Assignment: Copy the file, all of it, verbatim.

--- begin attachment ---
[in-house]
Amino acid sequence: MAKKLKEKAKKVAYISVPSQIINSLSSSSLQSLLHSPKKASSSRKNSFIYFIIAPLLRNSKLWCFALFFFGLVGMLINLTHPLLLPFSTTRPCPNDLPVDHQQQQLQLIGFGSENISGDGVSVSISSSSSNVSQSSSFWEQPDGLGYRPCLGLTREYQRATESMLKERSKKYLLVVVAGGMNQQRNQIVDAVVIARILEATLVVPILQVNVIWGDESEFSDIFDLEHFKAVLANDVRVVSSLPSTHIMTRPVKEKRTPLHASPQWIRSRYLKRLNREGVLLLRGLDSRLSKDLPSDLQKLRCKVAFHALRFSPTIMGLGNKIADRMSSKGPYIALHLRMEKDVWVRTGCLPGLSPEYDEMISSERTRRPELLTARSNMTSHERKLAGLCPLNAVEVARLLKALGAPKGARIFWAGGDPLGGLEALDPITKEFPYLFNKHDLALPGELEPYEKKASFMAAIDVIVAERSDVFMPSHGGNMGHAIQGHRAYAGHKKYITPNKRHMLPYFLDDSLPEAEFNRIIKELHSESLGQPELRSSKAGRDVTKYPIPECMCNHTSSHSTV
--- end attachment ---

[in-house]
Amino acid sequence: MAKKLKEKAKKVAYISVPSQIINSLSSSSLQSLLHSPKKASSSRKNSFIYFIIAPLLRNSKLWCFALFFFGLVGMLINLTHPLLLPFSTTRPCPNDLPVDHQQQQLQLIGFGSENISGDGVSVSISSSSSNVSQSSSFWEQPDGLGYRPCLGLTREYQRATESMLKERSKKYLLVVVAGGMNQQRNQIVDAVVIARILEATLVVPILQVNVIWGDESEFSDIFDLEHFKAVLANDVRVVSSLPSTHIMTRPVKEKRTPLHASPQWIRSRYLKRLNREGVLLLRGLDSRLSKDLPSDLQKLRCKVAFHALRFSPTIMGLGNKIADRMSSKGPYIALHLRMEKDVWVRTGCLPGLSPEYDEMISSERTRRPELLTARSNMTSHERKLAGLCPLNAVEVARLLKALGAPKGARIFWAGGDPLGGLEALDPITKEFPYLFNKHDLALPGELEPYEKKASFMAAIDVIVAERSDVFMPSHGGNMGHAIQGHRAYAGHKKYITPNKRHMLPYFLDDSLPEAEFNRIIKELHSESLGQPELRSSKAGRDVTKYPIPECMCNHTSSHSTV